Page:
Mortgage servicers, banks, and their accountants must sign off under federal regulations that the loans that they package and are underwritten by Fannie Mae comply with certain requirements, including those involving insurance. If the mortgage does not have the proper insurance, it cannot be part of the Fannie Mae backed system. The Florida Senate passed insurance legislation which clearly jeopardizes the chances of home ownership by Floridians with a Fannie Mae mortgage because it is non-compliant. Worse is that when many Floridians buy that type of non-compliant insurance, they may have the additional burden and expense of the mortgage servicer adding force-placed coverage.
Continue Reading Florida Senate Passes Insurance Bill That Will Make Mortgages Non-Negotiable Under Federal Regulations

Paige St. John wrote a Pulitzer winning series on the corruption of Florida’s insurance industry and propaganda by the insurance company trade associations nearly nine years ago. I was thinking about this and one particular article, How Florida Insurers Make Millions On The Side, when the Security First CEO blamed the furious and upset policyholders for hiring attorneys to help them get their claims paid. I suppose the Security First claims department was counting on policyholders just giving up?
Continue Reading How Florida Insurers Make Millions on The Side

It has been almost eight months since Hurricane Michael devastated the eastern side of the Florida Panhandle. Not surprisingly, many residents and business owners are exhausted. Exhausted in the deepest sense—exhausted from waiting, exhausted from hoping, exhausted from failed promises made by their insurer, which benefited from premiums faithfully paid, only to find out that their insurer has “exhausted” its obligation to them. What is the recourse for the insured who has purchased insurance coverage to protect against a catastrophe such as Hurricane Michael? Will an insured be indemnified under its contract of insurance, including recovery of the costs and expense to pursue the benefits of the policy in court if necessary?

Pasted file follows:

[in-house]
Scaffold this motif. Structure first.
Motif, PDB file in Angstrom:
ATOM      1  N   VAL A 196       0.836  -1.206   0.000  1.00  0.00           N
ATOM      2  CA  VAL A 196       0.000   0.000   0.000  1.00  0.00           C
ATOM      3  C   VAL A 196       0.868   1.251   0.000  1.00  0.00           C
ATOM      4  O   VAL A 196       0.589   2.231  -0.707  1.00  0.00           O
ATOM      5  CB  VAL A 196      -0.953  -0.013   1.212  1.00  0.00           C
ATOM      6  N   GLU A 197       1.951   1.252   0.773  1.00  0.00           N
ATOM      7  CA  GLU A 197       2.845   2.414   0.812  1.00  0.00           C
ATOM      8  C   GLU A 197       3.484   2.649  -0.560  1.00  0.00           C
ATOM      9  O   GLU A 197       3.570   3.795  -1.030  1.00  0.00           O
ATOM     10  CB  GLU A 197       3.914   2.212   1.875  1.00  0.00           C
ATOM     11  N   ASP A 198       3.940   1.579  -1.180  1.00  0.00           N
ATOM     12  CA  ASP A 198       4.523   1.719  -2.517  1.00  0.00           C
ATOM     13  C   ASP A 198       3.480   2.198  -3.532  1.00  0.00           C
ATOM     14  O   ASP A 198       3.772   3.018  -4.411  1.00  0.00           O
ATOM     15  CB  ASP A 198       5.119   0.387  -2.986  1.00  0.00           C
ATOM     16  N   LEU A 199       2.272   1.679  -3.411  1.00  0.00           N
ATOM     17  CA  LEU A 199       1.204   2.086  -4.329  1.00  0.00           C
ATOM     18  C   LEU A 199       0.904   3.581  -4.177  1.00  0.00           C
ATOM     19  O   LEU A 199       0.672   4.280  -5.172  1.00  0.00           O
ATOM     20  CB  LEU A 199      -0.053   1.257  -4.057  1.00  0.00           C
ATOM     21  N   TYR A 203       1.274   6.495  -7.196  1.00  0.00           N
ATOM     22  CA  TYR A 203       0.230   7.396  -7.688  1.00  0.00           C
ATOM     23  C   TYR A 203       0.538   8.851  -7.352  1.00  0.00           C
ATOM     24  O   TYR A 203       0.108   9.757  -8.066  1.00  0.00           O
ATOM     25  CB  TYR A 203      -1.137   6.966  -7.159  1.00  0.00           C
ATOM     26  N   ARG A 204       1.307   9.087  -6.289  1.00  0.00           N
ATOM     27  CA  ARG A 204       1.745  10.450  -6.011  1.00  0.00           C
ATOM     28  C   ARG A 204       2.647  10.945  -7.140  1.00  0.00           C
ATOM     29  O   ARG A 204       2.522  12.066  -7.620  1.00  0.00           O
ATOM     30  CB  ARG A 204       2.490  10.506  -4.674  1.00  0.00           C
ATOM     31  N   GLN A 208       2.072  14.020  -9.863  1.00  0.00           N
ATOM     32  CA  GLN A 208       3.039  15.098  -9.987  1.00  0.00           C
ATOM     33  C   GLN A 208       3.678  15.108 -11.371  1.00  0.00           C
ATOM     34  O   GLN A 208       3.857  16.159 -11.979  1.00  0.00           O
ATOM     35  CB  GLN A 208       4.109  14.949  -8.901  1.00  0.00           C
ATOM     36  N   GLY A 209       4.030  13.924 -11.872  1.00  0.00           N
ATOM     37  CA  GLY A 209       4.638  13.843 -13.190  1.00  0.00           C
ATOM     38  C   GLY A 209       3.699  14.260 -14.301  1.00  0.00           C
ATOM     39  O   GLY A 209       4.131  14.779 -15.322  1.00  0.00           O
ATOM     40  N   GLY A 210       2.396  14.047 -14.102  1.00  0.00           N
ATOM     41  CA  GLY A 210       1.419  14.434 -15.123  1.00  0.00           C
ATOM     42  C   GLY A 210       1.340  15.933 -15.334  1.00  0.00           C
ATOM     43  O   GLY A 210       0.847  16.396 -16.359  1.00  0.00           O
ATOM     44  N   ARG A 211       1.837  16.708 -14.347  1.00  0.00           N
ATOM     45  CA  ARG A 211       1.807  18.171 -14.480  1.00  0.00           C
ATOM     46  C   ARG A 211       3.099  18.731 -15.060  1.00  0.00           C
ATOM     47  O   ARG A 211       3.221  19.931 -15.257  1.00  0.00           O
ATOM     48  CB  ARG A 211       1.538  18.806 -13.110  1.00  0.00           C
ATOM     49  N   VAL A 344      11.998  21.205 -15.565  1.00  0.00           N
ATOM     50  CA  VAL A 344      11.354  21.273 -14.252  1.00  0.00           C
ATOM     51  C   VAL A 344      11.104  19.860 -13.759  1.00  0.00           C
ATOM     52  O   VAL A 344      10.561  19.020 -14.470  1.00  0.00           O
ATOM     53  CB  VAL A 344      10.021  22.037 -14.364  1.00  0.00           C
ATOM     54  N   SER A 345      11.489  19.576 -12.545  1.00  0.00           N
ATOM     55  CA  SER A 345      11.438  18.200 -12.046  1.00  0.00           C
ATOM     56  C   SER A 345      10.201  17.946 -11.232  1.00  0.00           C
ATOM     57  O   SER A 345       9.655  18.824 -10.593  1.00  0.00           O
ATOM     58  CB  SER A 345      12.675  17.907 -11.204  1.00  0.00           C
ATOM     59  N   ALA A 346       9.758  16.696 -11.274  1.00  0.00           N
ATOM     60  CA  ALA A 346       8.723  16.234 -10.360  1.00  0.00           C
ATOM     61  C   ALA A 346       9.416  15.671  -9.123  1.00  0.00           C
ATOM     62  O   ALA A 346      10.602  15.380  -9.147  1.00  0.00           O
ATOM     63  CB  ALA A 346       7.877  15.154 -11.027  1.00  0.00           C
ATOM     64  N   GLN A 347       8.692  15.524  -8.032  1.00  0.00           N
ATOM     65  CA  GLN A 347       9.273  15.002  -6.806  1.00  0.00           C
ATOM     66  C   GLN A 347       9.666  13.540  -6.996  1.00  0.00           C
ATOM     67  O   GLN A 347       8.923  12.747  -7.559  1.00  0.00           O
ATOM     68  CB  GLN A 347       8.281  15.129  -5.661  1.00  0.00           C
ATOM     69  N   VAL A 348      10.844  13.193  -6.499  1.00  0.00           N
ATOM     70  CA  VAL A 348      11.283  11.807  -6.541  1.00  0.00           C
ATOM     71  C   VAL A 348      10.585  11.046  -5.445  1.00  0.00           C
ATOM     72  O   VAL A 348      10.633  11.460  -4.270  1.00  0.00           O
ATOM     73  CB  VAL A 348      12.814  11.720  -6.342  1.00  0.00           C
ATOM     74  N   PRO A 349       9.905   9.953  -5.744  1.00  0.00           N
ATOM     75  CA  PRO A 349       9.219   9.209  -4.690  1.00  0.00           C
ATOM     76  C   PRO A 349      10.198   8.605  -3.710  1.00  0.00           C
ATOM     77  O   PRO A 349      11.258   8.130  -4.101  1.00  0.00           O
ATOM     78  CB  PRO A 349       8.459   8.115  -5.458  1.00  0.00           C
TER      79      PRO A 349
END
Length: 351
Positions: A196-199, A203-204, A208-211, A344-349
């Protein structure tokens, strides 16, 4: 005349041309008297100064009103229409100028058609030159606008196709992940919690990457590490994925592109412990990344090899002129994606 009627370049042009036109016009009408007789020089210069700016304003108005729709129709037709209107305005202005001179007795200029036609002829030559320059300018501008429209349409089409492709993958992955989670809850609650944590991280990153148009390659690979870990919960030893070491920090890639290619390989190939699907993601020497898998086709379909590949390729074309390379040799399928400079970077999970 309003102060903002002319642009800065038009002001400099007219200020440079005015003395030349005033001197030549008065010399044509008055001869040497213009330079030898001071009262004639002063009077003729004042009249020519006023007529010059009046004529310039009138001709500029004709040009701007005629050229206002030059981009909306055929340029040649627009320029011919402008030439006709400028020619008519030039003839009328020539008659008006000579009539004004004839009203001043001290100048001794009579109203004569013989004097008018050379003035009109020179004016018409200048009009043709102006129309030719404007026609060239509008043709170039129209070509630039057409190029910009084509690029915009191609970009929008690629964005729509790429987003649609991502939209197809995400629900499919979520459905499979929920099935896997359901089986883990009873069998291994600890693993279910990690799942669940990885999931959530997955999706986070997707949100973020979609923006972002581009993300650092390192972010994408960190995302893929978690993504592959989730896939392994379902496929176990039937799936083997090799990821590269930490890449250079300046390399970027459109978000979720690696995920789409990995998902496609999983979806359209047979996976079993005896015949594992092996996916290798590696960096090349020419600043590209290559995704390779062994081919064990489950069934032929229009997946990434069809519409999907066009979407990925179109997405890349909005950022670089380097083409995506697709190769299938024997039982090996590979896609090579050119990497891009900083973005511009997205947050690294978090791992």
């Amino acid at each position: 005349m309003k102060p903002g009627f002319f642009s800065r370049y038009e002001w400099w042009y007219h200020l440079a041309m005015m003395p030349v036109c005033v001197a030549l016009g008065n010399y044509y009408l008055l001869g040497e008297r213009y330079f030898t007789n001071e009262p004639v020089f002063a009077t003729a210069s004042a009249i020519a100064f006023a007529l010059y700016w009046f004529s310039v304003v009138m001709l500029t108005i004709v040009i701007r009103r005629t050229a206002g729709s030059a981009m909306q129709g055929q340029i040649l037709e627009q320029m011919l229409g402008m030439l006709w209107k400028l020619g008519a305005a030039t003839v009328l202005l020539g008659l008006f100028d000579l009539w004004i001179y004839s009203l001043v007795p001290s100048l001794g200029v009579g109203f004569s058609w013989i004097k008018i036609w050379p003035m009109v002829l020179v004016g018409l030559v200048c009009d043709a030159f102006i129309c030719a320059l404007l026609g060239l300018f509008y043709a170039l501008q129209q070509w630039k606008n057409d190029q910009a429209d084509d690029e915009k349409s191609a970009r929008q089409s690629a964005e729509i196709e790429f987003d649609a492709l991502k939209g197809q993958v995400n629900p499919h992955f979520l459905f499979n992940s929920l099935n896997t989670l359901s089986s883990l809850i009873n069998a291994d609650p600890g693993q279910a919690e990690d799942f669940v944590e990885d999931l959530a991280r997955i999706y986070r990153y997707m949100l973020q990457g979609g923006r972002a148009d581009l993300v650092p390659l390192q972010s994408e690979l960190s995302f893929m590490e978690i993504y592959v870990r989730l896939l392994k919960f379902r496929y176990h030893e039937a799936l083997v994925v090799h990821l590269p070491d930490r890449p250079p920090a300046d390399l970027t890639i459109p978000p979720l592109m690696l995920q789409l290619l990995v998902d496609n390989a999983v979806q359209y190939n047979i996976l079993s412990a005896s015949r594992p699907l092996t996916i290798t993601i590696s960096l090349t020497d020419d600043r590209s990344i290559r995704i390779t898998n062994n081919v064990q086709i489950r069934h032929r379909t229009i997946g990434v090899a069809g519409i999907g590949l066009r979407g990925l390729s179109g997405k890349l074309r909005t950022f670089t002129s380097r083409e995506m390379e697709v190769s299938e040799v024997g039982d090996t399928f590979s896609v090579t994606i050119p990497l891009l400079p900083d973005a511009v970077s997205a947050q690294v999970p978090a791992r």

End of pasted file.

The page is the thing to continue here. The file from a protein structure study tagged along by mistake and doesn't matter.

Continue Reading Attorneys’ Fees and Costs for the Prevailing Insured

Insurance regulation is important. Unlike other commercial products, insurance is a product that serves the public trust. Without regulation, history has proven that insurers cannot control themselves. They go broke just when we need them the most and their claims practices, if unchecked, can be atrocious.

States with a strong admitted marketplace should be encouraged. States without a strong admitted marketplace run the risk of outrageous rates, bankrupt insurers and the lack of an insurance market which meets the needs specific to that state. Florida, with its peculiar geographic risk to hurricanes, especially needs a strong admitted market.
Continue Reading Insurance Regulation and the Attack on Admitted Insurance Carriers in Florida

After Hurricane Michael, on October 15, 2018, Florida Insurance Commissioner David Altmaier issued an Emergency Order No. 234790-18-EO, that affected insurers writing insurance in the following counties affected by Hurricane Michael: Bay, Calhoun, Franklin, Gadsden, Gulf, Hamilton, Holmes, Jackson, Jefferson, Leon, Liberty, Madison, Suwannee, Taylor, Wakulla, and Washington Counties.
Continue Reading Cancellation of Property Insurance Policies in Florida after Hurricane Michael

The Florida Office of Insurance Regulation recently released updated data from Hurricane Irma.1 A quick review of the data paints an interesting picture. While we all know that Irma did substantial damage in Florida, the sheer size of the numbers is still daunting. Almost one million claims have been reported (997,237) totaling over $10,000,000,000.00 in estimated damage. These are the numbers self-reported from insurers.
Continue Reading Hurricane Irma Claims Data Update

You filed a claim with your insurance company after suffering a loss and it is refusing to pay what is owed under your insurance policy – what now? One of your options is to file a Civil Remedy Notice of Insurer Violation, or CRN, with the Department of Financial Services. The CRN serves as notice to the insurance company that a bad faith claim is forthcoming.
Continue Reading Civil Remedy Notices – What Are They and What Do They Require?

Over the past year , I have received numerous mailings from People’s Trust Insurance Company, like many other Florida policyholders.
Continue Reading People’s Trust Insurance Company Has Assertive Marketing Campaign Aimed to Attract Policyholders–But Is it Somewhat Deceiving to the Untrained Eye?